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The Duchess of Alba

Francisco de Goya y Lucientes (1746-1828)
Oil on canvas
210.2 x 149.2 cm

Few women in eighteenth-century Spain captured the imagination of contemporaries as thoroughly as Doña María de Pilar Teresa Cayetana de Silva Álvarez de Toledo (1761-1802), XIII duchess of Alba in her own right. When Goya visited her estate at Sanlúcar de Barrameda, near Cádiz for eight months from 1796 to 1797, she was thirty-five years old, just widowed, and in the flower of her beauty—a French visitor to Madrid avowed that "every hair on her head elicits desire." In contrast, Goya was fifty, deaf, married, and still not fully recovered from his debilitating illness of 1792.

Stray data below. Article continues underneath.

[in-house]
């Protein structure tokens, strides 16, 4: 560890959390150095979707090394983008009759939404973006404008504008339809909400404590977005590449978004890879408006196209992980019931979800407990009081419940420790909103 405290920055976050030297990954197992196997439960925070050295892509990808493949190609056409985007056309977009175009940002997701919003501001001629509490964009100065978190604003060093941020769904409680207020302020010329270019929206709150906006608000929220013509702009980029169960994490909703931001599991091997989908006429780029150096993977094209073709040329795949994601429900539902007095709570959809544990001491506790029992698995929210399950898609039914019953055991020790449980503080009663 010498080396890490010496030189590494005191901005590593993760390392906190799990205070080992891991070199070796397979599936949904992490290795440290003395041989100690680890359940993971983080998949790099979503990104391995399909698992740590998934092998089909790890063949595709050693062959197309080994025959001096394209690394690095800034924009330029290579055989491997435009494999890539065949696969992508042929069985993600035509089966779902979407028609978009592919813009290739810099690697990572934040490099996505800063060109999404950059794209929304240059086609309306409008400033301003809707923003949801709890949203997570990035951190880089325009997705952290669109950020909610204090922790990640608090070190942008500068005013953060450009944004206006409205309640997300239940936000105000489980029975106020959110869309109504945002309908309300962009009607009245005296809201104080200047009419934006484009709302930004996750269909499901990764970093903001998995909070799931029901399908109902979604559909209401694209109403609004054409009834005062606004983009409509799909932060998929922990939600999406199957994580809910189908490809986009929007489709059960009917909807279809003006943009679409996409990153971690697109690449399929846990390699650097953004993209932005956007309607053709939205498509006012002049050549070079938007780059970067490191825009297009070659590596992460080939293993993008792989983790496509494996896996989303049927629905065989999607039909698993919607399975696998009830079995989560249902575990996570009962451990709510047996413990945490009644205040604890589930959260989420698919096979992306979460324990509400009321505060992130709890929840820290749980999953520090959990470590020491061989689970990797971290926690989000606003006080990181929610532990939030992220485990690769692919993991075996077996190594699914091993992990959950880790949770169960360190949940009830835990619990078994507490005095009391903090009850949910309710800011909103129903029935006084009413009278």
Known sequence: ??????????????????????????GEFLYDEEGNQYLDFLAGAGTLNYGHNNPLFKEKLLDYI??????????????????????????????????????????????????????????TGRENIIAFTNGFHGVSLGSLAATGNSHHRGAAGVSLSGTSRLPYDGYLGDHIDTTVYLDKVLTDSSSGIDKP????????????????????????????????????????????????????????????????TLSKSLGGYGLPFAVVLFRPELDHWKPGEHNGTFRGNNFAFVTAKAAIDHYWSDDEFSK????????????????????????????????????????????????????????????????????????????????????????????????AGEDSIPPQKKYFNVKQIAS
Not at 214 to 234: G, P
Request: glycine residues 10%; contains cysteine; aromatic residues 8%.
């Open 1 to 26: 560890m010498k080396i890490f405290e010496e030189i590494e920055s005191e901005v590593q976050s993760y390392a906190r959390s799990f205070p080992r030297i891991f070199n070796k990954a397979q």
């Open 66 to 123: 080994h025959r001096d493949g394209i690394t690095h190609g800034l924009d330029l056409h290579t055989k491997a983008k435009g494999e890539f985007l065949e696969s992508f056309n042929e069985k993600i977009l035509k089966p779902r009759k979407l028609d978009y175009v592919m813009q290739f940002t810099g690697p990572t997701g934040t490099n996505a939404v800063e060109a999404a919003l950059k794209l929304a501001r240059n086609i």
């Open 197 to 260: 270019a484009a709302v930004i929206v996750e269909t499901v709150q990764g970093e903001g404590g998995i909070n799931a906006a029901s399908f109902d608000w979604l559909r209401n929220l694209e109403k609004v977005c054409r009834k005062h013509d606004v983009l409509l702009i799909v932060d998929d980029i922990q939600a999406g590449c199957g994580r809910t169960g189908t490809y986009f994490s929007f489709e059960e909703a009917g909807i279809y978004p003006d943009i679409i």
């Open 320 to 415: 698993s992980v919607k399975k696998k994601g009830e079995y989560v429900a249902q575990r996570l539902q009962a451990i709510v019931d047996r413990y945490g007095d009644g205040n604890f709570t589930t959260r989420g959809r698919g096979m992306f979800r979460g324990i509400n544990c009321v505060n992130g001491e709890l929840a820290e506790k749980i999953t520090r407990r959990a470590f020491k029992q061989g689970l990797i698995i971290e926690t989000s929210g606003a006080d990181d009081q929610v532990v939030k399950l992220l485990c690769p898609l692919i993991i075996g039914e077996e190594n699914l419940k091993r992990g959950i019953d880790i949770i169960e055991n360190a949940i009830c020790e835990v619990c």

The duchess, fashionably attired in the popular black dress of a maja, appears before a landscape doubtless representing her estate in Sanlúcar. We may never know the details of their relationship, but Goya clearly succumbed to her charisma: written in the sand are the words, solo Goya ("only Goya"), while she wears rings inscribed "Alba" and "Goya." The painting had great personal significance for the artist since he kept it in his studio long after the duchess's death. Goya evokes the duchess's personality in her pose and costume which he renders in an impressive display of brushwork and color, particularly in her sleeves and mantilla. Moreover, he enhances the impact of her figure in his handling of the landscape, where the soft, almost transparent glazes evoke a romantic spirit. Although the work originated in unique circumstances, Goya's image resembles that of his royal portraits and, more broadly, recalls those by Velázquez.